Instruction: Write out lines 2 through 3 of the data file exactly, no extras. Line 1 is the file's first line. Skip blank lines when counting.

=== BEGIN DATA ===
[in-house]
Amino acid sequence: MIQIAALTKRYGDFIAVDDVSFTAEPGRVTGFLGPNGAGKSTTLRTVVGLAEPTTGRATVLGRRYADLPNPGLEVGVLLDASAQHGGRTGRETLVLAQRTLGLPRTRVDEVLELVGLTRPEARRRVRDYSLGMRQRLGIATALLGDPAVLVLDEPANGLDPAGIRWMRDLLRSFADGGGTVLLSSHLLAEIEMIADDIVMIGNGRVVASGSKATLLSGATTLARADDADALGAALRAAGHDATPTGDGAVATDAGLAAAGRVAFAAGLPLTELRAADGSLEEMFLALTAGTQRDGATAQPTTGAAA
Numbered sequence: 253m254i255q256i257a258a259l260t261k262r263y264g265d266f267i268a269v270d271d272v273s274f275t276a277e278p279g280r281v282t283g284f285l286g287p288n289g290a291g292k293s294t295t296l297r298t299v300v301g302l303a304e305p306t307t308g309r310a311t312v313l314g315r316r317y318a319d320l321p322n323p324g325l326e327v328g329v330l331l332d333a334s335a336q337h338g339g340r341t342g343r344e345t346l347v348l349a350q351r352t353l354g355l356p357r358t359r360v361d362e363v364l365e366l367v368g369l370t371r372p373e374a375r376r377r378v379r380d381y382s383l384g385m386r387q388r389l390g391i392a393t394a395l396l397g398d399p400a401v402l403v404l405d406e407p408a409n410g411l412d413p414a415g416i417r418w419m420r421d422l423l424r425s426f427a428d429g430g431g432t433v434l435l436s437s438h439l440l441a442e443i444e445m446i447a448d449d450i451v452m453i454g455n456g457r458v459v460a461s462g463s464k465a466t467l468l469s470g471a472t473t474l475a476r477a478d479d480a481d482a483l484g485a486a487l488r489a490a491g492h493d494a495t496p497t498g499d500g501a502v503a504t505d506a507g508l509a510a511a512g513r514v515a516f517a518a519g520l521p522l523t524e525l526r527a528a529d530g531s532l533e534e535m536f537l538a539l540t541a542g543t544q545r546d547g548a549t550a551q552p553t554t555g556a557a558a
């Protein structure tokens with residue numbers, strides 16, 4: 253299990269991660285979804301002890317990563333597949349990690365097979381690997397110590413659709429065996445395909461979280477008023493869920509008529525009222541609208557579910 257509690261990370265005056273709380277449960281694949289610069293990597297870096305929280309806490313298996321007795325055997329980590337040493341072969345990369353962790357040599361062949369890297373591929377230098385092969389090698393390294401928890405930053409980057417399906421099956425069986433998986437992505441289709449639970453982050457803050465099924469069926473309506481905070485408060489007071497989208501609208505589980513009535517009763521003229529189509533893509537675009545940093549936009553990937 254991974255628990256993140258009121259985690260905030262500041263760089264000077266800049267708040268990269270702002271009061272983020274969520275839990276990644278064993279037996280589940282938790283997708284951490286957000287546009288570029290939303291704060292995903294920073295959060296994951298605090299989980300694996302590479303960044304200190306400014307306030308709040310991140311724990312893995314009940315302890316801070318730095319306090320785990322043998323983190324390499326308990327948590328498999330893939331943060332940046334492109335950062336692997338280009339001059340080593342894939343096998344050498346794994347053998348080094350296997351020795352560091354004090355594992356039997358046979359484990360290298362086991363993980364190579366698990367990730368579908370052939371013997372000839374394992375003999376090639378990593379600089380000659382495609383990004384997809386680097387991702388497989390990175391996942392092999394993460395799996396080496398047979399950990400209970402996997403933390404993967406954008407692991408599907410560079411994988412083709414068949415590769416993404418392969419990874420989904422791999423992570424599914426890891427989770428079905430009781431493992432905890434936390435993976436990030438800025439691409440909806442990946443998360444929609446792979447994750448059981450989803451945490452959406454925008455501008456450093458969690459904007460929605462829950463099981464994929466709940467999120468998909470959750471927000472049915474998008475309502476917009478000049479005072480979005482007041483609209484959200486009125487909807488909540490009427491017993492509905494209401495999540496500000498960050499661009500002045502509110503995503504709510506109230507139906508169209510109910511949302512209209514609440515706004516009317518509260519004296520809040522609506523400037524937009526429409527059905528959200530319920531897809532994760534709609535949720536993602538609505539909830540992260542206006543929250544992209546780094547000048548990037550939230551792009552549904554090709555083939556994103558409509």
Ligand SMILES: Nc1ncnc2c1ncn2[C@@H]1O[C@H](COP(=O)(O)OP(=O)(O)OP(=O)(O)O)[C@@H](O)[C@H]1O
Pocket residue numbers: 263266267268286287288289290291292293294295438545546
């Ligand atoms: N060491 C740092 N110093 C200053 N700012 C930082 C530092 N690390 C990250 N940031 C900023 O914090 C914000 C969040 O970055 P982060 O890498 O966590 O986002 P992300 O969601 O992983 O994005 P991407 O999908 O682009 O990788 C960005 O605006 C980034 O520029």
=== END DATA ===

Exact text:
Amino acid sequence: MIQIAALTKRYGDFIAVDDVSFTAEPGRVTGFLGPNGAGKSTTLRTVVGLAEPTTGRATVLGRRYADLPNPGLEVGVLLDASAQHGGRTGRETLVLAQRTLGLPRTRVDEVLELVGLTRPEARRRVRDYSLGMRQRLGIATALLGDPAVLVLDEPANGLDPAGIRWMRDLLRSFADGGGTVLLSSHLLAEIEMIADDIVMIGNGRVVASGSKATLLSGATTLARADDADALGAALRAAGHDATPTGDGAVATDAGLAAAGRVAFAAGLPLTELRAADGSLEEMFLALTAGTQRDGATAQPTTGAAA
Numbered sequence: 253m254i255q256i257a258a259l260t261k262r263y264g265d266f267i268a269v270d271d272v273s274f275t276a277e278p279g280r281v282t283g284f285l286g287p288n289g290a291g292k293s294t295t296l297r298t299v300v301g302l303a304e305p306t307t308g309r310a311t312v313l314g315r316r317y318a319d320l321p322n323p324g325l326e327v328g329v330l331l332d333a334s335a336q337h338g339g340r341t342g343r344e345t346l347v348l349a350q351r352t353l354g355l356p357r358t359r360v361d362e363v364l365e366l367v368g369l370t371r372p373e374a375r376r377r378v379r380d381y382s383l384g385m386r387q388r389l390g391i392a393t394a395l396l397g398d399p400a401v402l403v404l405d406e407p408a409n410g411l412d413p414a415g416i417r418w419m420r421d422l423l424r425s426f427a428d429g430g431g432t433v434l435l436s437s438h439l440l441a442e443i444e445m446i447a448d449d450i451v452m453i454g455n456g457r458v459v460a461s462g463s464k465a466t467l468l469s470g471a472t473t474l475a476r477a478d479d480a481d482a483l484g485a486a487l488r489a490a491g492h493d494a495t496p497t498g499d500g501a502v503a504t505d506a507g508l509a510a511a512g513r514v515a516f517a518a519g520l521p522l523t524e525l526r527a528a529d530g531s532l533e534e535m536f537l538a539l540t541a542g543t544q545r546d547g548a549t550a551q552p553t554t555g556a557a558a